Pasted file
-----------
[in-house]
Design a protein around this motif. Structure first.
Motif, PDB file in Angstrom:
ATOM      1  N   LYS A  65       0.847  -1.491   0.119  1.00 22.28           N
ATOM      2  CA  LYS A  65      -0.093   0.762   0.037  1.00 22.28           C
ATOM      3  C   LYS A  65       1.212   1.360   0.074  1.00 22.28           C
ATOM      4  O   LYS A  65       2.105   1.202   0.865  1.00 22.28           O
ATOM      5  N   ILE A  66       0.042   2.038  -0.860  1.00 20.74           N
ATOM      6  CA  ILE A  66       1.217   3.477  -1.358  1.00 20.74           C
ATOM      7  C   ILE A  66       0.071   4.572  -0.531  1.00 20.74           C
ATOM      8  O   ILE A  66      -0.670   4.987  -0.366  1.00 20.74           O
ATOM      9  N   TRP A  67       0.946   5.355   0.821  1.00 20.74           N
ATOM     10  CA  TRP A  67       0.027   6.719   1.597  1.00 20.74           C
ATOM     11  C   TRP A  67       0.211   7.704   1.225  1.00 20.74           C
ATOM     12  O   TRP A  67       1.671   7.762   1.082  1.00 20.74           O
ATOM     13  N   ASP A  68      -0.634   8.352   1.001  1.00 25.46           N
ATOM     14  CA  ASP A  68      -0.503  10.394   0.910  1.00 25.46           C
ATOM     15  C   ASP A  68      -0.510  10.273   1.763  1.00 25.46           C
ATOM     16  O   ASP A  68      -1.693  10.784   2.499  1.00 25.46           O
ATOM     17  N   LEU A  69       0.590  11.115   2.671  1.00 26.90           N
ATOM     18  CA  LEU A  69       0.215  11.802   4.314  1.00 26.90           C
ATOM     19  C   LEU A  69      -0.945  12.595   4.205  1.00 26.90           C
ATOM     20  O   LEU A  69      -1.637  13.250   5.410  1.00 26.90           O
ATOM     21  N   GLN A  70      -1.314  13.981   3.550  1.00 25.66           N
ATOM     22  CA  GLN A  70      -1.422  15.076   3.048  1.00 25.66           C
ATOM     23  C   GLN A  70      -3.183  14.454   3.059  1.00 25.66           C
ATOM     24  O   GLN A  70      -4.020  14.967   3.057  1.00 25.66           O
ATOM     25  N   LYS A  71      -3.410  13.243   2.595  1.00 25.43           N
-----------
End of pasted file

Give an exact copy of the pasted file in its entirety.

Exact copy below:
[in-house]
Design a protein around this motif. Structure first.
Motif, PDB file in Angstrom:
ATOM      1  N   LYS A  65       0.847  -1.491   0.119  1.00 22.28           N
ATOM      2  CA  LYS A  65      -0.093   0.762   0.037  1.00 22.28           C
ATOM      3  C   LYS A  65       1.212   1.360   0.074  1.00 22.28           C
ATOM      4  O   LYS A  65       2.105   1.202   0.865  1.00 22.28           O
ATOM      5  N   ILE A  66       0.042   2.038  -0.860  1.00 20.74           N
ATOM      6  CA  ILE A  66       1.217   3.477  -1.358  1.00 20.74           C
ATOM      7  C   ILE A  66       0.071   4.572  -0.531  1.00 20.74           C
ATOM      8  O   ILE A  66      -0.670   4.987  -0.366  1.00 20.74           O
ATOM      9  N   TRP A  67       0.946   5.355   0.821  1.00 20.74           N
ATOM     10  CA  TRP A  67       0.027   6.719   1.597  1.00 20.74           C
ATOM     11  C   TRP A  67       0.211   7.704   1.225  1.00 20.74           C
ATOM     12  O   TRP A  67       1.671   7.762   1.082  1.00 20.74           O
ATOM     13  N   ASP A  68      -0.634   8.352   1.001  1.00 25.46           N
ATOM     14  CA  ASP A  68      -0.503  10.394   0.910  1.00 25.46           C
ATOM     15  C   ASP A  68      -0.510  10.273   1.763  1.00 25.46           C
ATOM     16  O   ASP A  68      -1.693  10.784   2.499  1.00 25.46           O
ATOM     17  N   LEU A  69       0.590  11.115   2.671  1.00 26.90           N
ATOM     18  CA  LEU A  69       0.215  11.802   4.314  1.00 26.90           C
ATOM     19  C   LEU A  69      -0.945  12.595   4.205  1.00 26.90           C
ATOM     20  O   LEU A  69      -1.637  13.250   5.410  1.00 26.90           O
ATOM     21  N   GLN A  70      -1.314  13.981   3.550  1.00 25.66           N
ATOM     22  CA  GLN A  70      -1.422  15.076   3.048  1.00 25.66           C
ATOM     23  C   GLN A  70      -3.183  14.454   3.059  1.00 25.66           C
ATOM     24  O   GLN A  70      -4.020  14.967   3.057  1.00 25.66           O
ATOM     25  N   LYS A  71      -3.410  13.243   2.595  1.00 25.43           N